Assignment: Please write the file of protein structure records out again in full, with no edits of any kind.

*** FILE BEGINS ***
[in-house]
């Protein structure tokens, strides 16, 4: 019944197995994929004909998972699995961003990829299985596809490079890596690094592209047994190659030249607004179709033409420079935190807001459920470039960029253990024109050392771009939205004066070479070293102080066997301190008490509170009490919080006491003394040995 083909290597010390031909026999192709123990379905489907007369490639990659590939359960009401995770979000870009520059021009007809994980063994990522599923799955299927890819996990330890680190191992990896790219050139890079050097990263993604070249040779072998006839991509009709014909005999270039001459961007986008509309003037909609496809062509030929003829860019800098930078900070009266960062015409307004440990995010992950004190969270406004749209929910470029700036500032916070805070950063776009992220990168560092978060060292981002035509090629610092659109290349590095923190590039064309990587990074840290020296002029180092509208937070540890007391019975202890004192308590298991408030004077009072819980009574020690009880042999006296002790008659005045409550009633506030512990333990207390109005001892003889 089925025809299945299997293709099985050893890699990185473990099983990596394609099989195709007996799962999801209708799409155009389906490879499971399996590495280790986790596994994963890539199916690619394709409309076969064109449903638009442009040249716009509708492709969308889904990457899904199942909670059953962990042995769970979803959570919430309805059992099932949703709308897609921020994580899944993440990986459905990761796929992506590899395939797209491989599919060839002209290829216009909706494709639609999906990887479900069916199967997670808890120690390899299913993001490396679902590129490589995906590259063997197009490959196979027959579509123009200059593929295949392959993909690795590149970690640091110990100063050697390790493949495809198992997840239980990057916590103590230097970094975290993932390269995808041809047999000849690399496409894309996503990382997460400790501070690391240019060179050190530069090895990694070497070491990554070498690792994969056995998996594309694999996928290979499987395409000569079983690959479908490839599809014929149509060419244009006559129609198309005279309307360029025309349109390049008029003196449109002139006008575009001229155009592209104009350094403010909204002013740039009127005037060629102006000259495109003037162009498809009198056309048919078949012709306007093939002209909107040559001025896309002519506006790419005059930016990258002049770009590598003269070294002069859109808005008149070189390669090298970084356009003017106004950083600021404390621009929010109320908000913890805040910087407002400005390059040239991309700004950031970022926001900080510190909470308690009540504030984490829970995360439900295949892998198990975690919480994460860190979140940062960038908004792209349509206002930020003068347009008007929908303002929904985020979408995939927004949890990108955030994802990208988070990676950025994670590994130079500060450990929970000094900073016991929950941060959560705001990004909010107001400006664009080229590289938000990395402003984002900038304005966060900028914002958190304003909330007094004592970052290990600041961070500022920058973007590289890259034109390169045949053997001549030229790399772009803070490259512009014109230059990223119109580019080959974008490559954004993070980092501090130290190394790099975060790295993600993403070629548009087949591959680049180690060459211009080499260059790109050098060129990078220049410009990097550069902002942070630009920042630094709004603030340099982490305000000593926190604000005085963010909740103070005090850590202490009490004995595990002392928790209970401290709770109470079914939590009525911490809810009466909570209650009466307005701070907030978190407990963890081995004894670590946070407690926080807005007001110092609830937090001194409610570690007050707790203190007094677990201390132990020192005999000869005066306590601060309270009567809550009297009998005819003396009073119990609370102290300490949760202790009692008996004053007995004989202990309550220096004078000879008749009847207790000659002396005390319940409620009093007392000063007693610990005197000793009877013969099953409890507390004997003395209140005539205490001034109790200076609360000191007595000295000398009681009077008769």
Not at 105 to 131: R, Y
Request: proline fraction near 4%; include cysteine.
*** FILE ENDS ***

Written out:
[in-house]
């Protein structure tokens, strides 16, 4: 019944197995994929004909998972699995961003990829299985596809490079890596690094592209047994190659030249607004179709033409420079935190807001459920470039960029253990024109050392771009939205004066070479070293102080066997301190008490509170009490919080006491003394040995 083909290597010390031909026999192709123990379905489907007369490639990659590939359960009401995770979000870009520059021009007809994980063994990522599923799955299927890819996990330890680190191992990896790219050139890079050097990263993604070249040779072998006839991509009709014909005999270039001459961007986008509309003037909609496809062509030929003829860019800098930078900070009266960062015409307004440990995010992950004190969270406004749209929910470029700036500032916070805070950063776009992220990168560092978060060292981002035509090629610092659109290349590095923190590039064309990587990074840290020296002029180092509208937070540890007391019975202890004192308590298991408030004077009072819980009574020690009880042999006296002790008659005045409550009633506030512990333990207390109005001892003889 089925025809299945299997293709099985050893890699990185473990099983990596394609099989195709007996799962999801209708799409155009389906490879499971399996590495280790986790596994994963890539199916690619394709409309076969064109449903638009442009040249716009509708492709969308889904990457899904199942909670059953962990042995769970979803959570919430309805059992099932949703709308897609921020994580899944993440990986459905990761796929992506590899395939797209491989599919060839002209290829216009909706494709639609999906990887479900069916199967997670808890120690390899299913993001490396679902590129490589995906590259063997197009490959196979027959579509123009200059593929295949392959993909690795590149970690640091110990100063050697390790493949495809198992997840239980990057916590103590230097970094975290993932390269995808041809047999000849690399496409894309996503990382997460400790501070690391240019060179050190530069090895990694070497070491990554070498690792994969056995998996594309694999996928290979499987395409000569079983690959479908490839599809014929149509060419244009006559129609198309005279309307360029025309349109390049008029003196449109002139006008575009001229155009592209104009350094403010909204002013740039009127005037060629102006000259495109003037162009498809009198056309048919078949012709306007093939002209909107040559001025896309002519506006790419005059930016990258002049770009590598003269070294002069859109808005008149070189390669090298970084356009003017106004950083600021404390621009929010109320908000913890805040910087407002400005390059040239991309700004950031970022926001900080510190909470308690009540504030984490829970995360439900295949892998198990975690919480994460860190979140940062960038908004792209349509206002930020003068347009008007929908303002929904985020979408995939927004949890990108955030994802990208988070990676950025994670590994130079500060450990929970000094900073016991929950941060959560705001990004909010107001400006664009080229590289938000990395402003984002900038304005966060900028914002958190304003909330007094004592970052290990600041961070500022920058973007590289890259034109390169045949053997001549030229790399772009803070490259512009014109230059990223119109580019080959974008490559954004993070980092501090130290190394790099975060790295993600993403070629548009087949591959680049180690060459211009080499260059790109050098060129990078220049410009990097550069902002942070630009920042630094709004603030340099982490305000000593926190604000005085963010909740103070005090850590202490009490004995595990002392928790209970401290709770109470079914939590009525911490809810009466909570209650009466307005701070907030978190407990963890081995004894670590946070407690926080807005007001110092609830937090001194409610570690007050707790203190007094677990201390132990020192005999000869005066306590601060309270009567809550009297009998005819003396009073119990609370102290300490949760202790009692008996004053007995004989202990309550220096004078000879008749009847207790000659002396005390319940409620009093007392000063007693610990005197000793009877013969099953409890507390004997003395209140005539205490001034109790200076609360000191007595000295000398009681009077008769």
Not at 105 to 131: R, Y
Request: proline fraction near 4%; include cysteine.